Word had gone out to all outlying clusters of the tribe, and now all were assembled at Morgur’s Mound. Even the druid Thanar, green-robed and thick-bearded, had reappeared. Nobody knew how many years had passed since he had left the tribe to patrol the wilds, and no one had made contact with him since. In all, some six or seven hundred warriors, and just as many women and children, crowded the foot of Morgur’s Mound. Their tribal relation was evident in the black hair and blue eyes of most all who were assembled.

Not even King Gundar, during his auspicious rule, had dared send out such a decree. But then, he had never needed to.

The gathering was joyous, but all present knew a strong tribe would have no need for such a ritual. The Thunderbeasts also knew they were not a strong tribe. As soon as they had arrived, they had met with the Sky Pony tribe—more frequent visitors to Morgur’s Mound than the Thunderbeasts. The Ponies had been cordial and friendly, agreeing to Sungar’s request that they stay away from the mound while the Thunderbeasts were assembled. King Gundar would have never needed to voice this concern. The Sky Ponies were almost as in awe of Gundar as his own tribe.

As the last light faded on Runemeet, the tribe stood within the bone boundary at the foot of Morgur’s Mound. Atop the altar mound stood Sungar, just as Gundar had in Vell’s memory, but without the traditional axe. Alongside him stood the ancient, thin-skinned Keirkrad Seventoes, the white-haired shaman of the tribe, and the Thunderbeasts’ other priests and druids. Only with all of their combined might could they accomplish this ritual.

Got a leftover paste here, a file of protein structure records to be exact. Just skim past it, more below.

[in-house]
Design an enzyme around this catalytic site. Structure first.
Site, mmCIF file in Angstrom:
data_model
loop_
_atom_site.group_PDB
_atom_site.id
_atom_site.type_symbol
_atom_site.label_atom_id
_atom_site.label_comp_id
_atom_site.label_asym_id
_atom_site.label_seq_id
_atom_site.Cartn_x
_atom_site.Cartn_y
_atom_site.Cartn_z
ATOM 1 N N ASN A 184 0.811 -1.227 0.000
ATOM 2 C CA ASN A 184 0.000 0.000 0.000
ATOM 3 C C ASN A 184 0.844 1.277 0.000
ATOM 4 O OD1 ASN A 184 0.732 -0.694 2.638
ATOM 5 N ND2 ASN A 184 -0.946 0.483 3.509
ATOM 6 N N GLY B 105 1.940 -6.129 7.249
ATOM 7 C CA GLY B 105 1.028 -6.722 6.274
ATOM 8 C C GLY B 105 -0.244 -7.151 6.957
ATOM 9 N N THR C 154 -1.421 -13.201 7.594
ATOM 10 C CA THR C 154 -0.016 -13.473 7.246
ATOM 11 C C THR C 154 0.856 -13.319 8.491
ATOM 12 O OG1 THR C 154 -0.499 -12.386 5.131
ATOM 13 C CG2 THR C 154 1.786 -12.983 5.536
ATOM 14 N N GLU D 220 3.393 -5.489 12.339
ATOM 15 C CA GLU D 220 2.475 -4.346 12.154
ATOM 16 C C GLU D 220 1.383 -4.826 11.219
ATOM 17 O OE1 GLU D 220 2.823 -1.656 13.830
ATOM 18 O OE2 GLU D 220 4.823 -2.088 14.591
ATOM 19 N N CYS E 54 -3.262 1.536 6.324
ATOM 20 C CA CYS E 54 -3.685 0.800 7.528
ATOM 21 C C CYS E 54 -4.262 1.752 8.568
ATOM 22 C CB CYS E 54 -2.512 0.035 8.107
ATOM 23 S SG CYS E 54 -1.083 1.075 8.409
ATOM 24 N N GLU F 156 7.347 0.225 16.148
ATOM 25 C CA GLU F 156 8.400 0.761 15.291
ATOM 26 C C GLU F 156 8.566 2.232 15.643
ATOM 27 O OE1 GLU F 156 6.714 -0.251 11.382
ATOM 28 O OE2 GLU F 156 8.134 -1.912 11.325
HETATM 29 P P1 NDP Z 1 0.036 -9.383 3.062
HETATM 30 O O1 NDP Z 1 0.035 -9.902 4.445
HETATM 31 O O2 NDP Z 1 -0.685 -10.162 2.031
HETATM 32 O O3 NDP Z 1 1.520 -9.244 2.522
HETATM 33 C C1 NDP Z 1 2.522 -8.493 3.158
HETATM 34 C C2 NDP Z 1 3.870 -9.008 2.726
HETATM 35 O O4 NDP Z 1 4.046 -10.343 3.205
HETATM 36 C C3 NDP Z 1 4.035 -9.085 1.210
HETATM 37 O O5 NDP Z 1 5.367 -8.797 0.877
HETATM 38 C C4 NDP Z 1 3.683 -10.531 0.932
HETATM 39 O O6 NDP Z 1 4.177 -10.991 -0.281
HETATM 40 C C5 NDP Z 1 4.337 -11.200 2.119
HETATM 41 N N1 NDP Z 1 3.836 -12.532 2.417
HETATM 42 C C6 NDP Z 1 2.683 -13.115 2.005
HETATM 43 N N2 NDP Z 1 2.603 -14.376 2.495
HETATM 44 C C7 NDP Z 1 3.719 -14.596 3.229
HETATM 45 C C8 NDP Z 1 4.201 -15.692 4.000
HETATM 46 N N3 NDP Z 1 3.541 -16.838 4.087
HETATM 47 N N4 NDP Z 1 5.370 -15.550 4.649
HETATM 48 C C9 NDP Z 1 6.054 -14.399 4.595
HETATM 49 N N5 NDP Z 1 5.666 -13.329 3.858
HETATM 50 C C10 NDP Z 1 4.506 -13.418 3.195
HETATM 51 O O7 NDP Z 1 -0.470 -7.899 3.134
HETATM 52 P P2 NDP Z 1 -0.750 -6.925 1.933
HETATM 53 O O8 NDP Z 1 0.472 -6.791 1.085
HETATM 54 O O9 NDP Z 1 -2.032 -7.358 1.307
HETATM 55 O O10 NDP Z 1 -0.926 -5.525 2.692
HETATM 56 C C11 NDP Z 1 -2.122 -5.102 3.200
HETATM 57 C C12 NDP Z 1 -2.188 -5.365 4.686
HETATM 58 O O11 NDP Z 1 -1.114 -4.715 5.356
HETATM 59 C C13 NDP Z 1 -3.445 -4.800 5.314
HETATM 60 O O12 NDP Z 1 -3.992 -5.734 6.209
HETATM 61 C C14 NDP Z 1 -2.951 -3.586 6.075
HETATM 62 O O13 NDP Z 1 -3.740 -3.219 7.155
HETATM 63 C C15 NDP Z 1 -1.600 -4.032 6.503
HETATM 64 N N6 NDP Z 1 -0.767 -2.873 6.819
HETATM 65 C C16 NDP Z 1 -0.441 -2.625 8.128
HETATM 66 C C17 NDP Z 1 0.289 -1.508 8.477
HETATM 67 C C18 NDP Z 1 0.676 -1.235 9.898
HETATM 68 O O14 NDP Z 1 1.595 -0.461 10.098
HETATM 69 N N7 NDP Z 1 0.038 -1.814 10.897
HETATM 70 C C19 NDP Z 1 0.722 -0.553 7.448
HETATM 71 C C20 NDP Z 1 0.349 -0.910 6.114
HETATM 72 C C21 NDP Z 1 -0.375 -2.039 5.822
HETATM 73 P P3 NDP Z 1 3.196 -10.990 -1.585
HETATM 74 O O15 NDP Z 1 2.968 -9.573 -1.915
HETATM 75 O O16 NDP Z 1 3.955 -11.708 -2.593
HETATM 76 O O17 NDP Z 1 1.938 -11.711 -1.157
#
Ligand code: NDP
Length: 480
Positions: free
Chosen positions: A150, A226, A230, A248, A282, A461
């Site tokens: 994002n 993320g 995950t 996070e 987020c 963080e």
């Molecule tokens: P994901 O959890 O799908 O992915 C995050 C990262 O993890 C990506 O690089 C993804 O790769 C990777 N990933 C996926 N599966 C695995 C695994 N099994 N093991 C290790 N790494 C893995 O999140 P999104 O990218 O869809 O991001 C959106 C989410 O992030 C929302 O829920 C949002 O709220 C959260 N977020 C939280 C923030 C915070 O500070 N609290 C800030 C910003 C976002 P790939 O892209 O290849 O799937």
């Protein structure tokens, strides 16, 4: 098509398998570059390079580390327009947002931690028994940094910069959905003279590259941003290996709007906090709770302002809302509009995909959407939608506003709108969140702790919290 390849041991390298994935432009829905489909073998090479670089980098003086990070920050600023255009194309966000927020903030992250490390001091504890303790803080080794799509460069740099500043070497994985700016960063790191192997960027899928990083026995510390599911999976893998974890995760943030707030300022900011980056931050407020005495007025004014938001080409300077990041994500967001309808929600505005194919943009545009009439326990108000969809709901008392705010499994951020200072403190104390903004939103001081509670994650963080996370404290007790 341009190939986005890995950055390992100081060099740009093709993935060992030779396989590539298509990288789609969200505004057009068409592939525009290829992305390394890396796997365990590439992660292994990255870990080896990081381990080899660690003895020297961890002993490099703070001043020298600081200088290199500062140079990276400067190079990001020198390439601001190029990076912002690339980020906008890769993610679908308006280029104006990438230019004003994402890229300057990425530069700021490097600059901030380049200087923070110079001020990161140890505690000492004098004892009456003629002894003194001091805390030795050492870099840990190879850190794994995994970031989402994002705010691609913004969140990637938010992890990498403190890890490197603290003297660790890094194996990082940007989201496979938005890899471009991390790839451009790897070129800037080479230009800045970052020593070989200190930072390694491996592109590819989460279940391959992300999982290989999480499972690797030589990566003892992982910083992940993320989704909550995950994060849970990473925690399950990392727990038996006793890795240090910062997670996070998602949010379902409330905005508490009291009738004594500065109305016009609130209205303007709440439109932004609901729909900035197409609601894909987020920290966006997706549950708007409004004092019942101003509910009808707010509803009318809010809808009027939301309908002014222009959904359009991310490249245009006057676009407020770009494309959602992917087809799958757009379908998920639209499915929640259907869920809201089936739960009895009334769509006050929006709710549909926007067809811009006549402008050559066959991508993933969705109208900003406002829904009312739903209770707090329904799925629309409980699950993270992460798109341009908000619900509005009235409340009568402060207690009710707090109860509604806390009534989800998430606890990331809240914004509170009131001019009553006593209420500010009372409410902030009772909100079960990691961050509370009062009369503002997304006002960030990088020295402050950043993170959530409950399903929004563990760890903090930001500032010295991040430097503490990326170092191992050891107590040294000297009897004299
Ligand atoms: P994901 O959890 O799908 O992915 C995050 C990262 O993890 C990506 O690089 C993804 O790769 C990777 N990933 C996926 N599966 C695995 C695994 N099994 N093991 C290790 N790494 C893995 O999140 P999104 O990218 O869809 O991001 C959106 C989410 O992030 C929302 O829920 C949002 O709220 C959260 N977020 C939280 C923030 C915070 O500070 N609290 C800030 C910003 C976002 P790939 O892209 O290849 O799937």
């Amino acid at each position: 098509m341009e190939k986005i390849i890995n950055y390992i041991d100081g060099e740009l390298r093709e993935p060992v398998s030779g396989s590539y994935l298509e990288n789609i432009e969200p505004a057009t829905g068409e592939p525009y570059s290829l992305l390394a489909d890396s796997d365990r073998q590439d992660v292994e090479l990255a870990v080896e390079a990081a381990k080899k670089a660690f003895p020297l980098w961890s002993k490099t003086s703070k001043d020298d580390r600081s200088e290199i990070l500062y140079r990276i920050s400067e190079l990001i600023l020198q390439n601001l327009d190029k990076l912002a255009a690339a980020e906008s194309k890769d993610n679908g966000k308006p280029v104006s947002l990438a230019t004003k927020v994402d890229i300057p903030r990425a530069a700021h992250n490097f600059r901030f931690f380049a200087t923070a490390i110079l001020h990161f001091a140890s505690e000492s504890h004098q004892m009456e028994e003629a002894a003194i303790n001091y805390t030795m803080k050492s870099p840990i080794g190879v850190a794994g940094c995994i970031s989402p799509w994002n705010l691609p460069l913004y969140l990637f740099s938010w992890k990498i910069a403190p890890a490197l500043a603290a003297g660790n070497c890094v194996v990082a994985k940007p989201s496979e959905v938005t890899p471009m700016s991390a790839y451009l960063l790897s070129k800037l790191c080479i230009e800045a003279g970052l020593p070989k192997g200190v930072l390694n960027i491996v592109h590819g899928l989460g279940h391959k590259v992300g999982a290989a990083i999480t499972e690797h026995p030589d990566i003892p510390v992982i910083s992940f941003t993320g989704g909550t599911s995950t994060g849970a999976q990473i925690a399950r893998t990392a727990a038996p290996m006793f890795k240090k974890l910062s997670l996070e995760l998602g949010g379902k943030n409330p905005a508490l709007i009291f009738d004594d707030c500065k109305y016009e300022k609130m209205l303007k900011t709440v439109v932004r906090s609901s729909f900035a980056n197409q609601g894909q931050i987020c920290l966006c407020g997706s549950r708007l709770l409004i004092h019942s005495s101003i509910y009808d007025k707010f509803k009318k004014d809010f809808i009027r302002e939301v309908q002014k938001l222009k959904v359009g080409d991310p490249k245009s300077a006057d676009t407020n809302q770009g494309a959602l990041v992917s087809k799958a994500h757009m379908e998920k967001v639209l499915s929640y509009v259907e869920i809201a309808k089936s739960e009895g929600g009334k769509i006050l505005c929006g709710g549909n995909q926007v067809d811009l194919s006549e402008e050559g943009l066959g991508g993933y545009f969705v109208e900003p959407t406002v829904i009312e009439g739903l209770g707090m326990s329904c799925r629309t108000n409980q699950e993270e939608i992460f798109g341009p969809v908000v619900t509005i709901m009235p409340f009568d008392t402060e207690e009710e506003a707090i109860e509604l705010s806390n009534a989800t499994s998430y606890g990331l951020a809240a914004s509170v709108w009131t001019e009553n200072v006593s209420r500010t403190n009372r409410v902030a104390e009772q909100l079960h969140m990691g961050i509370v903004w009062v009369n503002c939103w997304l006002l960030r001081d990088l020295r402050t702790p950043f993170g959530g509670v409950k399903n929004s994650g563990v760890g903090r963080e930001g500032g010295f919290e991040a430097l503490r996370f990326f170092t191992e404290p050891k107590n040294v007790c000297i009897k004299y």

“Thunderbeasts!” shouted Sungar. “The beast is our guide, our light. It is our route to Uthgar, and it is our route to ourselves. It represents all that we are, and what we should be. King Gundar is with the Thunderbeast now, and I know that he will help us find the answer we seek.”

A cheer went up from the assembled tribe at the very mention of Gundar. For many Thunderbeasts, Gundar and Uthgar were held in nearly the same regard. Whatever kind of leader Gundar’s successor Sungar would prove to be, he would never escape Gundar’s shadow.

As black clouds swirled overhead, and the residual light was finally extinguished, Sungar marched down the mound and stood with his warriors, signifying that he was one of them—a message he always tried to project. Keirkrad, dressed in ceremonial white rothehide, turned to face the assembled tribe. He was so old that he could not summon his voice beyond a weak rasp. Only those standing closest heard him call upon the tribe members to focus their attention on the mound and lend something of their own souls to the ritual of communing.

“The Thunderbeast lives in all of your hearts. Now, you must let it free,” he concluded solemnly.

With that, Keirkrad turned toward the altar stone, his head bowed and his arms extended. Specks of light coursed between his outstretched fingers and those of the other priests. A greenish ring of magic flowed between them, pulsing and glowing, lighting up the night with divine energy. The assembled Uthgardt stood straight and tall as the area filled with the crackle of magic, raising the hairs on their necks and arms, and releasing strange vibrations beneath their feet. The magic drifted to the bones at the mound’s edge and set them trembling, the crackling rising until its crescendo crashed like thunder off the neighboring crags. Vell clenched his palms tightly and felt them fill with sweat.